“I would tell them to ask 30 people in their target market what they think of the idea. If it is a resounding ‘WOW – I would definitely buy it’ then I would start finding a way to create a prototype. I would not use much money but find creative ways to ‘build’ the product so that people could see what you are trying to achieve. Once you have that, ask the same 30 people again and tell them what you would charge. Sometimes an idea is very different from the actual physical product. Would they still buy it? And these 30 people should not be your family or friends!”
Did you face any form of gender bias when you were looking for funding?
“I have never had anyone say to me directly that because I am a woman or a mum they wouldn’t invest, however, I had also never received funding from any angel investor or family business I have spoken to. I have never approached a Venture Capitalist. The reasons for not investing have been a mixed bag, so I am not sure what the actual reason is. Although not said straight to my face, it could possibly be that they don’t think I can run a business with kids in tow. But, that does not matter. I do not take these rejections to heart as this happens to everyone. I have successfully raised one round of funding via crowdfunding. I raised £200k in 7 days in 2017. There is always a way that works, and you just sometimes must be creative in finding a way to get that investment. Only one person has to believe in you so find that person!”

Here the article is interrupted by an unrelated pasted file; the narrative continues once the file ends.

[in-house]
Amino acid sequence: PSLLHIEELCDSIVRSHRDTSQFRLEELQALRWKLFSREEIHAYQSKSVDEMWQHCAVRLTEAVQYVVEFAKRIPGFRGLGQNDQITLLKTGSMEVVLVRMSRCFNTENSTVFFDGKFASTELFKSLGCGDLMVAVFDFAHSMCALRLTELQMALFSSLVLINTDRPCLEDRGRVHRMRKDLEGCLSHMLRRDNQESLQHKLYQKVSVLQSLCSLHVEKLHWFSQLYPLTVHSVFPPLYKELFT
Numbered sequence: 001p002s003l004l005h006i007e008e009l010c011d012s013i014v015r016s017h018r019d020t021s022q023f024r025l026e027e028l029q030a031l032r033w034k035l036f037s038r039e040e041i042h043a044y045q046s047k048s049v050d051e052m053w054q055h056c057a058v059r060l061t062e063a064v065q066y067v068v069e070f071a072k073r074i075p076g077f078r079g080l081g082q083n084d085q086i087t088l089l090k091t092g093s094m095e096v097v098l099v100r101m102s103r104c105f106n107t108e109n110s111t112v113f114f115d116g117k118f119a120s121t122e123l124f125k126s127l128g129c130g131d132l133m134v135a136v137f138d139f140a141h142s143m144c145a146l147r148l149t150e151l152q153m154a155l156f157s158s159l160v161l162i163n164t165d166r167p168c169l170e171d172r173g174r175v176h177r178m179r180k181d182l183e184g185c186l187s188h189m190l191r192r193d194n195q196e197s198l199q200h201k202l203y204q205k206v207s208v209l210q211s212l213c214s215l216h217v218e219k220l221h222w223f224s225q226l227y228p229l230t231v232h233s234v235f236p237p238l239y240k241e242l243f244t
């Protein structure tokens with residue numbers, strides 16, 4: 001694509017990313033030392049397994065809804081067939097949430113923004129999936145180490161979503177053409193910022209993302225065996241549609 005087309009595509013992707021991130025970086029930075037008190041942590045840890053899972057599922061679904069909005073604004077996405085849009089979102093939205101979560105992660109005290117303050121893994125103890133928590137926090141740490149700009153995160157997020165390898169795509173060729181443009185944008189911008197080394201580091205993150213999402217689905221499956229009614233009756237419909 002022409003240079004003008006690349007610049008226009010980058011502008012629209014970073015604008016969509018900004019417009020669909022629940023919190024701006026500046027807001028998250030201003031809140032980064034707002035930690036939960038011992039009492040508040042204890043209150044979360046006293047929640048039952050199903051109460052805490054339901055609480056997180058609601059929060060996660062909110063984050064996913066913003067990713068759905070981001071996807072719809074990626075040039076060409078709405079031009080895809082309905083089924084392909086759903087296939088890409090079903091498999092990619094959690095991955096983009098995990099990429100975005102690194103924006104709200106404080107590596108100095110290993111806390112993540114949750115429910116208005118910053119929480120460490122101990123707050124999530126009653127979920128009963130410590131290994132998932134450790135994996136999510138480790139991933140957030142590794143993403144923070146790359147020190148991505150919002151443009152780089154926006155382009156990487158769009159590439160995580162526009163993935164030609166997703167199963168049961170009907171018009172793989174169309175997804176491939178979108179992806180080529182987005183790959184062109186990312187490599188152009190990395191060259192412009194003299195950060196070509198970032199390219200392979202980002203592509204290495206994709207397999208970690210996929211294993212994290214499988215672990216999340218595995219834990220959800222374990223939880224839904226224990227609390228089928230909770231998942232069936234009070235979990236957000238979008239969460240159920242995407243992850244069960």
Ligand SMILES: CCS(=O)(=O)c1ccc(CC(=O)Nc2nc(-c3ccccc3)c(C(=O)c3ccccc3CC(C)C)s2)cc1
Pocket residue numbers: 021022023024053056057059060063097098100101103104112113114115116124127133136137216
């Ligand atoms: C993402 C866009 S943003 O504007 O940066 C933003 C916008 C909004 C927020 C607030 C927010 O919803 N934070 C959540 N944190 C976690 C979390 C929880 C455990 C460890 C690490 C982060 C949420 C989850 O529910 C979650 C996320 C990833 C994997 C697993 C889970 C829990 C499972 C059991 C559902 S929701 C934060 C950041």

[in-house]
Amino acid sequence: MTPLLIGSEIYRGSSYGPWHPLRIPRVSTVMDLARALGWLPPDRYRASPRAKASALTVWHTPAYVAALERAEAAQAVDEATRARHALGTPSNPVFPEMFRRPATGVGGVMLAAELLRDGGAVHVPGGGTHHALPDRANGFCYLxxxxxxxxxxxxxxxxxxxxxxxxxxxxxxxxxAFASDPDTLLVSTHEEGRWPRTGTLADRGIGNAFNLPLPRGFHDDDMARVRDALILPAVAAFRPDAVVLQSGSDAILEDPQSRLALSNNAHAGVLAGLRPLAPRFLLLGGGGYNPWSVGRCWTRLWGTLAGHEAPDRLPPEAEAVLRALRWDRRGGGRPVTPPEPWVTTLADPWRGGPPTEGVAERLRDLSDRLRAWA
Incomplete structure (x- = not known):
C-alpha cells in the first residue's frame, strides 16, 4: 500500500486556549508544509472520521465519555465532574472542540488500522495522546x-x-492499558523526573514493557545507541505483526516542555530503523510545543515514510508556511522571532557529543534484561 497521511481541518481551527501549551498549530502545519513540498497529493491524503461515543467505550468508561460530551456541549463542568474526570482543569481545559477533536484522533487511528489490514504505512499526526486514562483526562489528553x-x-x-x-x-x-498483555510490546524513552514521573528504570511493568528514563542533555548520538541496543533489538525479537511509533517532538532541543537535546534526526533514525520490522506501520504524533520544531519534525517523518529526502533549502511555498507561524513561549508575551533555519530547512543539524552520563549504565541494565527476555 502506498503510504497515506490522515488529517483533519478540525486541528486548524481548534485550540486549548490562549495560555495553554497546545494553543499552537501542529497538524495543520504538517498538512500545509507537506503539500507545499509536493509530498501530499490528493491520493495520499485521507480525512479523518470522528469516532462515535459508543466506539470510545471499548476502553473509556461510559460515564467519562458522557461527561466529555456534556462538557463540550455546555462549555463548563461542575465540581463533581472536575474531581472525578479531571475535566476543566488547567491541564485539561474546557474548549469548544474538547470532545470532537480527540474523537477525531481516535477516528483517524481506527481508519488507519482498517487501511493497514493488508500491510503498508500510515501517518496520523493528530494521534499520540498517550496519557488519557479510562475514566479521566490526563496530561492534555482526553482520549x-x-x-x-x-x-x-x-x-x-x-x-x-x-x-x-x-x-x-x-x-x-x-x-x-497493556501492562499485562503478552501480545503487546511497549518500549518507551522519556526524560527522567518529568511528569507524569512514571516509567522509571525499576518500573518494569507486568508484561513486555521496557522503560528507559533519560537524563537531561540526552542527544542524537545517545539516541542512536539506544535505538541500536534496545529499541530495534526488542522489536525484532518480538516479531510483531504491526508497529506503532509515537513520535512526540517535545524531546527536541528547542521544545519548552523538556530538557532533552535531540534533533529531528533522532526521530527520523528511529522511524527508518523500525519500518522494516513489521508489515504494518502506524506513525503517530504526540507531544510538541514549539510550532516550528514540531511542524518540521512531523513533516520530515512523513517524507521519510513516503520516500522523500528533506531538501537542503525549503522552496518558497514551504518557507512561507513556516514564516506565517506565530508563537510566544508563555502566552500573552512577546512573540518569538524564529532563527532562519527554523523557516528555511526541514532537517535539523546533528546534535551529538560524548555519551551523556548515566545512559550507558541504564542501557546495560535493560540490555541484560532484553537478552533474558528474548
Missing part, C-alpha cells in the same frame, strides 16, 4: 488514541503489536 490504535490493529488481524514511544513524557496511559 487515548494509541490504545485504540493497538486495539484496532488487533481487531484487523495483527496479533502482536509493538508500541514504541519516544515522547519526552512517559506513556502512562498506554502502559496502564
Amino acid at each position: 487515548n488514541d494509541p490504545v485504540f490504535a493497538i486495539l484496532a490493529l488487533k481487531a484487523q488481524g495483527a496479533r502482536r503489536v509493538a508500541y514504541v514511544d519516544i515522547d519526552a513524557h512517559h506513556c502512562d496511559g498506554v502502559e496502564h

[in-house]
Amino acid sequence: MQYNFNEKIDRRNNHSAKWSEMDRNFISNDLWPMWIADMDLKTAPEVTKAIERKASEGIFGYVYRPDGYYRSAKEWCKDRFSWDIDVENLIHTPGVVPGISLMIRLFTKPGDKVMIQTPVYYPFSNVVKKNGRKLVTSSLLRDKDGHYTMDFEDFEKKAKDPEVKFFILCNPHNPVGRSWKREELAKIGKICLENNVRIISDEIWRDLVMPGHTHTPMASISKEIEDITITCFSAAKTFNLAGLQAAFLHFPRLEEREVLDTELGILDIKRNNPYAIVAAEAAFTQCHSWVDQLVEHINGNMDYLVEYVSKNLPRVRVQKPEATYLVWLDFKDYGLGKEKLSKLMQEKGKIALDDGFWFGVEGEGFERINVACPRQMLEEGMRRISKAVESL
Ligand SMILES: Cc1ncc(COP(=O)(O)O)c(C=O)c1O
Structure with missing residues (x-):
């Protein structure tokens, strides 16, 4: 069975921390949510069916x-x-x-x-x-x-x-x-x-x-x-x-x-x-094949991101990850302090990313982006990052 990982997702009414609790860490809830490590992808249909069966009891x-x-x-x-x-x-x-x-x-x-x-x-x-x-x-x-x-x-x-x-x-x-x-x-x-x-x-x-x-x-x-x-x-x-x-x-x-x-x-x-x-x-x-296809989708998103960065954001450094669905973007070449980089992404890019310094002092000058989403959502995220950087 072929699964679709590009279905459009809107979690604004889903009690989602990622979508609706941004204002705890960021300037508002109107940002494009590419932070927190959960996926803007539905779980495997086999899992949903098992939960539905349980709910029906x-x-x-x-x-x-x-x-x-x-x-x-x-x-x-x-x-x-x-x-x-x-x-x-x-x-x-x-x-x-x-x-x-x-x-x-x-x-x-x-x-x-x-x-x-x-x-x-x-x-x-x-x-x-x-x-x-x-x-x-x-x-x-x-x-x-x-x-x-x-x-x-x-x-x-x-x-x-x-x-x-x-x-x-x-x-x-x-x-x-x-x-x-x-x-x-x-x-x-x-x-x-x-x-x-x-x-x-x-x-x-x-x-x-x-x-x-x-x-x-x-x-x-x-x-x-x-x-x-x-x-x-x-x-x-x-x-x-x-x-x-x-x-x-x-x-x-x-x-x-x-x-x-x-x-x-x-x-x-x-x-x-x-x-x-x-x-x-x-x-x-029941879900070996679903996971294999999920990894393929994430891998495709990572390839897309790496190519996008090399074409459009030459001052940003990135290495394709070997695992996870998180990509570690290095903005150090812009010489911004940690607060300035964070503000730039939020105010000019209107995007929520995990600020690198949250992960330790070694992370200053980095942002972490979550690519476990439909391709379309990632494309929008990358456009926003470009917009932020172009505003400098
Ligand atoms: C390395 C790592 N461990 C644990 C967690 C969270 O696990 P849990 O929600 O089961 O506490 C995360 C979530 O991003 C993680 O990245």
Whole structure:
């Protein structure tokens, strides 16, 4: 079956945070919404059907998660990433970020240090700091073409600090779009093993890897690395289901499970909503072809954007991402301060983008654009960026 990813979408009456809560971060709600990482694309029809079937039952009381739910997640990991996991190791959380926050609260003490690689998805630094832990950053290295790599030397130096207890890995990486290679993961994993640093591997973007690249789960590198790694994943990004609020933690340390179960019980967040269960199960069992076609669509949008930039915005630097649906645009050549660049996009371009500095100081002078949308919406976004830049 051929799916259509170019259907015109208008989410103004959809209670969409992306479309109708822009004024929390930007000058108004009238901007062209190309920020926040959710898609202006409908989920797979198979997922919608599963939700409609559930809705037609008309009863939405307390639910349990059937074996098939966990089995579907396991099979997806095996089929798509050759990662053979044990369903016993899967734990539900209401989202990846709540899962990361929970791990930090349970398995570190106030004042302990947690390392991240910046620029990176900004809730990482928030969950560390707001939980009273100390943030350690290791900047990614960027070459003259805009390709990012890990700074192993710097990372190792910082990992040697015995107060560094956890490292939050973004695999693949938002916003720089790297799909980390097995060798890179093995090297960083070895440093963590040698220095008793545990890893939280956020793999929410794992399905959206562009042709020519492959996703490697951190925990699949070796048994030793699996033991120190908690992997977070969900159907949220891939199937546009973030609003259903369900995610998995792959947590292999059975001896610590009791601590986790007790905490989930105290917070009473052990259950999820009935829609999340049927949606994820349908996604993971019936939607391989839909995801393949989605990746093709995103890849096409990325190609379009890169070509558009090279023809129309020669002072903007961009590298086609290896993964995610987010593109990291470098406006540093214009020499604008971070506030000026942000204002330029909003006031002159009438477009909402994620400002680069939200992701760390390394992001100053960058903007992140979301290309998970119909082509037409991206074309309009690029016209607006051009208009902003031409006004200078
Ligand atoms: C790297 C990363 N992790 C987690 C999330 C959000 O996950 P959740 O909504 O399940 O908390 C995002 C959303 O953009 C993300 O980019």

What are your future goals? Do you plan to expand your company? What kind of improvements do you plan to include in the upcoming releases of the product?
“My goal is to work with a corporate, who believes in what I am doing, to help me expand in terms of sales and my next-generation product. I feel that the last 4 years were spent proving my product is a good one and I have done that. It is now time to scale up and I need help to do that. The next-generation product will be for seniors, which will have other features such as fall detection and just a generally much more refined product. I have learned so much over the last 4 years and have had a lot of feedback. I love feedback and will use it on my next product.”
I would like to thank Colleen Wong for giving up some of her time to be interviewed. To find more about her product, you can go on My Gator website.